Sometimes simple things can have profound impact.
When one of Allie Chisholm-Smith’s clients at Ahimsa yoga studio asked to purchase eye pillows—small fabric bags filled with flaxseed—for use with inmates at Beaver Creek Institution in Gravenhurst, Chisholm-Smith not only offered to donate them, she asked if she could do a yoga workshop with the men as well.
It’s as though things have come full circle for her.
It’s been 25 years since Chisholm-Smith studied community justice. “I’ve always been interested in how to make that offender cycle change,” she says. “The offender cycle is that you just always think you’re doing wrong. So then you start to do wrong to affirm it. There’s this really powerful place where you can dip in and start to release some of those stories and maybe find out that you’re not actually all bad.”
She decided that working in the justice system wasn’t for her, and soon after began studying and teaching yoga, but she has never let go of that early passion. And she sees daily how yoga practices can help people to relax and to release their negative self-talk.
Eye pillows “totally relax the optic nerve because they’re creating complete darkness, and they slow your heart rate down and they calm your nervous system. Just the weight on your eyelids and your brow apparently does that,” says Chisholm-Smith. “I figure if we can get [the inmates] breathing, because that changes your mind entirely, and then working with their bodies in a kinder way than just straight weightlifting or boxing or whatever they’re doing, then it can create maybe a little bit more peace in their tissue.”
She’s still waiting to hear if her request to run a workshop at Beaver Creek will be approved, but if it is, and it goes well, she hopes to be able to do more.
“Yoga’s goal is freedom and it’s to find freedom no matter where you are,” she explains. “It’s not, ‘Oh look, everything’s peaceful, now I feel peaceful,’ it’s how do you feel peace in the middle of craziness. So if those guys can feel a shred of that while they’re in there, a shred of their own responsibility for themselves, how great would that be? And then we can stop that intergenerational cycle because it just goes on and on.”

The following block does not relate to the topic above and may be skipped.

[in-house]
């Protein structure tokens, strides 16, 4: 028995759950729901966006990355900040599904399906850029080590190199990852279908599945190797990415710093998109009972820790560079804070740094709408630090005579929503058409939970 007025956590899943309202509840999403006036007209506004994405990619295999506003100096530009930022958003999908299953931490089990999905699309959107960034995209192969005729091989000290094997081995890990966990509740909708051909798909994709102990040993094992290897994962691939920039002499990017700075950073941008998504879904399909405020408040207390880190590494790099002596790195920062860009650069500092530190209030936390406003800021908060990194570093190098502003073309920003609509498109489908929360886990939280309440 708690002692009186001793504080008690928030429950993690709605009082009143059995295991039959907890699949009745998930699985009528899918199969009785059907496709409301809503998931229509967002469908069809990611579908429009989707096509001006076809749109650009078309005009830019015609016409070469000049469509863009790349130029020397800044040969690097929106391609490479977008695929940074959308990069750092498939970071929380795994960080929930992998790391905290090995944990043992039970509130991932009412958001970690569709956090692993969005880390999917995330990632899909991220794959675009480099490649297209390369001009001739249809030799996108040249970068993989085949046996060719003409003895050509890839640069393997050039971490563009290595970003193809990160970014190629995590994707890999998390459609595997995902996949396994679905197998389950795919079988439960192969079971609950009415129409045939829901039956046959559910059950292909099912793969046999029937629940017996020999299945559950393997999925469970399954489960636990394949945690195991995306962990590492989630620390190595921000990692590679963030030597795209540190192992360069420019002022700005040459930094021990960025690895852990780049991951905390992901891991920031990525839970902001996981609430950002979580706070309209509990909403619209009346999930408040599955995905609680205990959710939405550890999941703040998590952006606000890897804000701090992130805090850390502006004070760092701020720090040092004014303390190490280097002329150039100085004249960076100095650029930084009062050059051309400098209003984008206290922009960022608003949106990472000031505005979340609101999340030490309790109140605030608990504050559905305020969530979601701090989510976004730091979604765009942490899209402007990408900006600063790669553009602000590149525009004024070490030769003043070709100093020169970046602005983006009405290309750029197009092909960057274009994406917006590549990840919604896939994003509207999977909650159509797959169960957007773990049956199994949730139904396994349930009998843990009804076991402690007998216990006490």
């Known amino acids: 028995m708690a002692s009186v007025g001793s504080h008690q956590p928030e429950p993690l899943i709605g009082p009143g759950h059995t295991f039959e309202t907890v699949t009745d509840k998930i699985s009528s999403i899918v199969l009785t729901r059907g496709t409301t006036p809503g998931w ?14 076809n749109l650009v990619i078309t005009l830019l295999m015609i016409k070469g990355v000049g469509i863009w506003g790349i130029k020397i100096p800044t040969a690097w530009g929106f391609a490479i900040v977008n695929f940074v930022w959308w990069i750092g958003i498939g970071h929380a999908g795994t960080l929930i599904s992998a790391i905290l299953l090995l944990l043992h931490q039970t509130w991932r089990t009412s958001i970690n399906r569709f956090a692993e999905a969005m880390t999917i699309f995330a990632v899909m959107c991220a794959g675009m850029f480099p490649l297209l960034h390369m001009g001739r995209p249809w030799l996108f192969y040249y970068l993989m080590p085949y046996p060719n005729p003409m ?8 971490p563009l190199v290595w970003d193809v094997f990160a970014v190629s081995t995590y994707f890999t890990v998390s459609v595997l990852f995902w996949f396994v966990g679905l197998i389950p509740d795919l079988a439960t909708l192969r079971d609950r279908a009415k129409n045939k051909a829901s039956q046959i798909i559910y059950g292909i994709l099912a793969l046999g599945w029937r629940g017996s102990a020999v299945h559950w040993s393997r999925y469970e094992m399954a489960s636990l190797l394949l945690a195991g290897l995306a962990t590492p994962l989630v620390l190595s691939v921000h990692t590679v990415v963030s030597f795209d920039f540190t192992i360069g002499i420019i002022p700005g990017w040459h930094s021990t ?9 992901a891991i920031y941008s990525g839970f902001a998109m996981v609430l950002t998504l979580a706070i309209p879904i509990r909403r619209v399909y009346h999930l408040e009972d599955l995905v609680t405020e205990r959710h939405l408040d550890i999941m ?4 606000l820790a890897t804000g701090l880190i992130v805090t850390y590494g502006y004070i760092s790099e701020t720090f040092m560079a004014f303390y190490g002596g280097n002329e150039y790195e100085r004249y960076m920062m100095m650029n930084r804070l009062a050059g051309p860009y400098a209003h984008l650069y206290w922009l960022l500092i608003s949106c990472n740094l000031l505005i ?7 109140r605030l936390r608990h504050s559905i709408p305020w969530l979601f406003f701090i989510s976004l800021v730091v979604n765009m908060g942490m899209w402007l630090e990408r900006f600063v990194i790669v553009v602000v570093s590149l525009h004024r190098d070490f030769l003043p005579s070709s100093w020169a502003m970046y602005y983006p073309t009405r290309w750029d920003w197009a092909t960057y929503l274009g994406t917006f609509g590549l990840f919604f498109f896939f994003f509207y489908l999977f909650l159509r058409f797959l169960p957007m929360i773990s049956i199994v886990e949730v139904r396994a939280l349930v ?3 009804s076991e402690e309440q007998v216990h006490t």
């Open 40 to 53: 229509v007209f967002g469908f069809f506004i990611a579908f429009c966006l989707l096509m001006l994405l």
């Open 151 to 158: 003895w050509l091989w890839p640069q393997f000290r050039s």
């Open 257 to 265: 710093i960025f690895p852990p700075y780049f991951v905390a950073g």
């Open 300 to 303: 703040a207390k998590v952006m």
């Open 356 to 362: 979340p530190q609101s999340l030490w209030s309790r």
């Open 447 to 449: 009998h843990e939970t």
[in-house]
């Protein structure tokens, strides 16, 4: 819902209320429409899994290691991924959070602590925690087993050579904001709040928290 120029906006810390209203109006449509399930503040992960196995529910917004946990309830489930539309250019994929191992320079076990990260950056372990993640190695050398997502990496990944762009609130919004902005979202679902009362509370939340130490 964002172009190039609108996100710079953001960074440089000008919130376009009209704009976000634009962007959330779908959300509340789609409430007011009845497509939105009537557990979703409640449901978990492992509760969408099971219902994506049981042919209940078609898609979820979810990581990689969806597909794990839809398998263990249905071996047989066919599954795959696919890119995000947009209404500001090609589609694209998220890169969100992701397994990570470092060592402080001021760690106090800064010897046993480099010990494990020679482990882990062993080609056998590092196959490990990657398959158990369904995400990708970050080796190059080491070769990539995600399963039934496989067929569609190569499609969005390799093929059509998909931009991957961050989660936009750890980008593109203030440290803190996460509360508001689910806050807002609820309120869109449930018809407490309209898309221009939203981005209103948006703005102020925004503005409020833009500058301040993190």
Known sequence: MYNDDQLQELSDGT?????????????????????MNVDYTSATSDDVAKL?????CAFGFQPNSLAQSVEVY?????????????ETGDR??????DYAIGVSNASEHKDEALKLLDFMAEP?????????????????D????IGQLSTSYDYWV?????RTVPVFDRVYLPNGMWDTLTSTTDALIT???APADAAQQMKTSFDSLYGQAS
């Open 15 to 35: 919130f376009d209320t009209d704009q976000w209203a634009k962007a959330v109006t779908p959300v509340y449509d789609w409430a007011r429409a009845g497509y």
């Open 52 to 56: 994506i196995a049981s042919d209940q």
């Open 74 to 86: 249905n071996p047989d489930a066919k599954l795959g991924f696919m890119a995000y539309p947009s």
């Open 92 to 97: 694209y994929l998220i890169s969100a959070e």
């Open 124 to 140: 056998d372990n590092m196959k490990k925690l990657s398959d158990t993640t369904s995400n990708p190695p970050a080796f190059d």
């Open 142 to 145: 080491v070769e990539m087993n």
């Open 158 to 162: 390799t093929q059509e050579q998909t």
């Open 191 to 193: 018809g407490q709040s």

She recalls a time, years ago, when she worked with the Elizabeth Fry Society, an organization that works with women and girls in the justice system, that illustrated how seemingly small things can make a difference in a life. “We did this program called Women Growing and we went to offices and watered spider plants. [I thought] how is this at all helpful? And I happened to be matched with an Indigenous woman and I remember one morning she said, ‘Yeah, my best friend was found in the park this weekend chopped up in garbage bags,’ so she’s carrying those kinds of stories around, and I said to her, ‘What do you get from this [watering plants]?’ And she said ‘I’m helping something grow. Do you have any idea how cool that is for me, how affirming it is for me?’ So you can’t under-rate those moments where someone feels like maybe they have a shred of decency after all, then they can do good things in the world.”
A prison doesn’t have to be physical, she notes. “When I did that studying at York, it was about how our own self-talk puts us into our own kind of prisons and if we can change that internalized oppression that we carry…and start to see ourselves in a different light, we will treat each other better as well and treat the earth better.”
She sees it in the classes she teaches, as well. “Even 50-year-old women come in here with their shoulders so incredibly tight they can barely breathe, and then if we start doing mantras like I am enough, I’ve done enough, the tears start to flow. We all need to hear it, right?”
And she hopes to reach the inmates in a similar way. “I just think that we need to know there’s huge potential [in everyone]. Don’t discount somebody. No one’s ever done.”
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